The Operating System

REMAIN COMPOSED :: IN CONCERT :: LAURELLO, LEREW, and WARREN AMERICAN COMPOSERS FORUM COMMISSIONS PREMIERE BY SO PERCUSSION (PRINCETON, NJ)

So_Percussion

Michael Laurello: An Overwhelming Capacity for Denial 
Todd Lerew: flagging entrainment of ultradian rhythms and the consequences thereof
Kristina Warren: Choose

in premiere performance by Sō Percussion
Sunday, July 20, 8 PM
Matthews Acting Studio, Lewis Center for the Arts
185 Nassau Street,
 Princeton, NJ
(FREE)

If you’ve been following their popular REMAIN COMPOSED entries, then you’ve already become familiar with the names Michael Laurello, Todd Lerew, and Kristina Warren — the three finalists of this year’s American Composers Forum competition — who have been sharing an intimate look into the composition process for this special edition of our ongoing FIELD NOTES series, alongside sound samples of their nascent works. After many months, the resulting pieces are complete, and ready to be premiered by the acclaimed new music ensemble So Percussion this Sunday in Princeton, NJ – the site of the group’s intensive summer institute.

In case you missed it: after initial receipt of a monetary prize, each finalist was asked to compose an eight- to ten-minute piece for Sō Percussion, which the composers worked on solo until this month, when they joined the group in residence to workshop in preparation for performance and official completion.

So Percussion’s Adam Sliwinski was kind enough to speak with us earlier this week — he was clearly enthusiastic about the work produced by the finalists, and had this to say about the group’s challenging job of judging such a brilliant (and diverse) swath of new compositions:

We’re now 5 days out from premiering the ACF pieces.  It was so difficult to whittle the many submissions down to 3 finalists.  With that kind of volume, there is no such thing as an objective judgment, and we made no attempt at one.  What we looked for was a balance of conceptual power – I guess you could say imagination – with solid compositional craft.  In our minds, percussion requires a special dose of the imagination component, because the composer is responsible for a new sound world each time.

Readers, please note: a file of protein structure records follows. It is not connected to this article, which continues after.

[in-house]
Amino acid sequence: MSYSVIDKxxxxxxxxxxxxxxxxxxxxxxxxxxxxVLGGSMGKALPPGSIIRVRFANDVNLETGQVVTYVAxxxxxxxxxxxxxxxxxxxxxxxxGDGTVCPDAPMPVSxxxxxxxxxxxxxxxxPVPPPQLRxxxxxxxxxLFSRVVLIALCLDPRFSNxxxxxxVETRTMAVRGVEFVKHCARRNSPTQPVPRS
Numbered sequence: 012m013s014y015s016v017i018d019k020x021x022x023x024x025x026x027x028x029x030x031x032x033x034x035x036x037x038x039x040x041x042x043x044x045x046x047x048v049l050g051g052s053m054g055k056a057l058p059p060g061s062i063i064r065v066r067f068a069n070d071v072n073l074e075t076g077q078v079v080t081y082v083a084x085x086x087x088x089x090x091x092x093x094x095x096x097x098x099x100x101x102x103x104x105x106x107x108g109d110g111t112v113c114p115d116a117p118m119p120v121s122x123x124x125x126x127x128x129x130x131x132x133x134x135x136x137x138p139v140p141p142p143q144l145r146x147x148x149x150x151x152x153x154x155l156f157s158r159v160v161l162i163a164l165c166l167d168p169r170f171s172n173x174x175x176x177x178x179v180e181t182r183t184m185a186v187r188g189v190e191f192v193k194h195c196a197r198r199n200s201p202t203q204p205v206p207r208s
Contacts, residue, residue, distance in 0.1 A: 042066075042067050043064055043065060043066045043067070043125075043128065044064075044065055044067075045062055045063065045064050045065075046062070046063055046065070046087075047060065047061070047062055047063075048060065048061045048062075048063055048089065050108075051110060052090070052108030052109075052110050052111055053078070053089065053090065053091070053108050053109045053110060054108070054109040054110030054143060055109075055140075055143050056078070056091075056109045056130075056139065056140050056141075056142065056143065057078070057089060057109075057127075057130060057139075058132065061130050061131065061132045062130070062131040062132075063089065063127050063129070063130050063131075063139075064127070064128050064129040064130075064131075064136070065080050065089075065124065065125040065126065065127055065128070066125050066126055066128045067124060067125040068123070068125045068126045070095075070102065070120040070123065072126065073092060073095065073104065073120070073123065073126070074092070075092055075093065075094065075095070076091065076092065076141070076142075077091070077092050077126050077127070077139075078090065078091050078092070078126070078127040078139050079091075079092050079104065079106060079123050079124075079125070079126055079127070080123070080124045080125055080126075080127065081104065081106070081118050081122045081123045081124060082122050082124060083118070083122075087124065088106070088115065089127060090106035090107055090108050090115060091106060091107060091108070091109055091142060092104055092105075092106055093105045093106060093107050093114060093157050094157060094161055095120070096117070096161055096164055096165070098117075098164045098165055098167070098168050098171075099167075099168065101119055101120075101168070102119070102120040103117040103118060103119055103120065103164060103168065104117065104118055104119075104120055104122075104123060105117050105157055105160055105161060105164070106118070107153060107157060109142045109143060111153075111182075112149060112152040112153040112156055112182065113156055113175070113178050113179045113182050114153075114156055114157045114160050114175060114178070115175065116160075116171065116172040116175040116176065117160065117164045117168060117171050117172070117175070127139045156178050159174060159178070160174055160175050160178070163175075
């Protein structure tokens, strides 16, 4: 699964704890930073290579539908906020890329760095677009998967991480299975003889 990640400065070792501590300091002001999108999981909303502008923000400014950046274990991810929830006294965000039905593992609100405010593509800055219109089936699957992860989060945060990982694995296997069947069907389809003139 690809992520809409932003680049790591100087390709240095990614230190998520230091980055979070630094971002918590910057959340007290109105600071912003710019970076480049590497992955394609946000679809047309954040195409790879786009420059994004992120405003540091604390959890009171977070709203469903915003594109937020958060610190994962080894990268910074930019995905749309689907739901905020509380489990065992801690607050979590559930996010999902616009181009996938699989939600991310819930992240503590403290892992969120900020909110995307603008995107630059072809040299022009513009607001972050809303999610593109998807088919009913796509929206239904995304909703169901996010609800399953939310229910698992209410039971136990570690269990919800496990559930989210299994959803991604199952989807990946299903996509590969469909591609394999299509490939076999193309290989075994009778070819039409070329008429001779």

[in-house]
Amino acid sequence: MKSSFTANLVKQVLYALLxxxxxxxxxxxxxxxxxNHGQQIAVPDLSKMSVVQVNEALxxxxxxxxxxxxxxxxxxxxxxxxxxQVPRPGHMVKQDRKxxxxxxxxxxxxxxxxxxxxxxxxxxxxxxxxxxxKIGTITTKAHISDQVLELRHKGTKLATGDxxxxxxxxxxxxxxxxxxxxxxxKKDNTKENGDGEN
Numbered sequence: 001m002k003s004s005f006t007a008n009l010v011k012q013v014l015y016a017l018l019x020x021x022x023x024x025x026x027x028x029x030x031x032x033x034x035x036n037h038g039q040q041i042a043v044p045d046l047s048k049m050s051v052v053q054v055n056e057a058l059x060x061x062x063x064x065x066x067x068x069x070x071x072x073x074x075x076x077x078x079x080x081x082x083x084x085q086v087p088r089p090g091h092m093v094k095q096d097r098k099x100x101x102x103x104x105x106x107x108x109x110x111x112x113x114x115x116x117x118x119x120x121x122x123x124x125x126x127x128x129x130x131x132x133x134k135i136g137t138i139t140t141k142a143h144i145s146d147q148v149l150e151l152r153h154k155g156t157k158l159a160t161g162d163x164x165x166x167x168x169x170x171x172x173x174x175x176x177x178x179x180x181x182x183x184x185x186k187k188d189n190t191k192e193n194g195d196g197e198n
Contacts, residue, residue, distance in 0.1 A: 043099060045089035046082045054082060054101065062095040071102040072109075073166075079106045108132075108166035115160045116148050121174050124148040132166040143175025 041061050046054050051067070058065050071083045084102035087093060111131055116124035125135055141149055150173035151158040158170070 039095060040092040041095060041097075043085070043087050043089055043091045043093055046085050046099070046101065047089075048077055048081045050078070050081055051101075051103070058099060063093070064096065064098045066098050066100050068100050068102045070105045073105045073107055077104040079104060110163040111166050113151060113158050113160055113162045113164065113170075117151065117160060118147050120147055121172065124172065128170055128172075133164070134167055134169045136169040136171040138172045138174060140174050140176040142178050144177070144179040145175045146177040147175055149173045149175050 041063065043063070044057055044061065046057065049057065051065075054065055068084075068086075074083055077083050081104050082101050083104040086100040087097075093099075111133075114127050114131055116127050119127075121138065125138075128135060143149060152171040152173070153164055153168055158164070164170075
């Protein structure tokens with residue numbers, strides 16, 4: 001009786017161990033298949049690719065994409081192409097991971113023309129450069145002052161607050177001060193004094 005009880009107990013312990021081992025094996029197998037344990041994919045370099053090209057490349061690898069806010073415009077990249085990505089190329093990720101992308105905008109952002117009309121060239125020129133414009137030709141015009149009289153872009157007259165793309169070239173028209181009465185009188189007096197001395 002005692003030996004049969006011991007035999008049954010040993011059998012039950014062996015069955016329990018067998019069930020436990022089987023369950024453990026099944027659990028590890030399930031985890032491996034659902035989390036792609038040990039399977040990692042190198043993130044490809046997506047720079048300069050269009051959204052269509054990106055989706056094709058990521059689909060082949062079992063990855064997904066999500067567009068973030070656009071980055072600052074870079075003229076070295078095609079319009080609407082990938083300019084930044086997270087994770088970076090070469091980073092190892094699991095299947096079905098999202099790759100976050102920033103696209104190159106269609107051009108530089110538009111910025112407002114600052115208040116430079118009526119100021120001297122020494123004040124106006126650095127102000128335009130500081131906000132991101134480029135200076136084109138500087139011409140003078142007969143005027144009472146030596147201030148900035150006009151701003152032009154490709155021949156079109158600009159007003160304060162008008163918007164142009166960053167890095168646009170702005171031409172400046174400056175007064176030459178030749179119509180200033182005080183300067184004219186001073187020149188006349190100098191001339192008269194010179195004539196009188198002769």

We are so excited about the 3 newly commissioned pieces we have!  We are especially happy that we have a big old bucket full of apples and oranges.  The three composers’ visions are extremely diverse, and as far as we’re concerned that’s the way it should be.  We’ll have to declare a grand prize winner as part of the process, but we already know that we have three fantastic and original works.”

These final pieces, unsurprisingly, are rife with the myriad influences and innovative techniques so unique to each of these composers — whose complete scores highlight the instrumental, material, temporal, improvisational, synthetic, and even visual cues we’ve heard each working with so closely over the past few months; given this, they also include copious procedural notes for future performers preceding the staves of anything resembling the pages of any “traditional” composition.

In particular, the way in which these pieces are written to not only invite but necessitate on-site interpretation not only within the rhythms of the score but so too, as a for instance, within voluntary alteration to the physical attributes of instrumentation makes their premiere (and the judging of the decisions made therein for a final prize) a complicated undertaking.

Nonetheless, sunday represents the epogee of this process for all involved, a situation in which “loss” for even the runners up can hardly be spoken of as anything but an incredible opportunity — and one that has resulted in three challenging, brilliant new works. As Sliwinski notes, “the next important part of the process is getting into the room together.  Some of the pieces are very open, which speaks to a level of trust the composers have placed in us.  We’ll hash out some ideas in time and space together at Princeton for a few days before the premiere.  No piece of music is finished until there are sounds vibrating in a room!”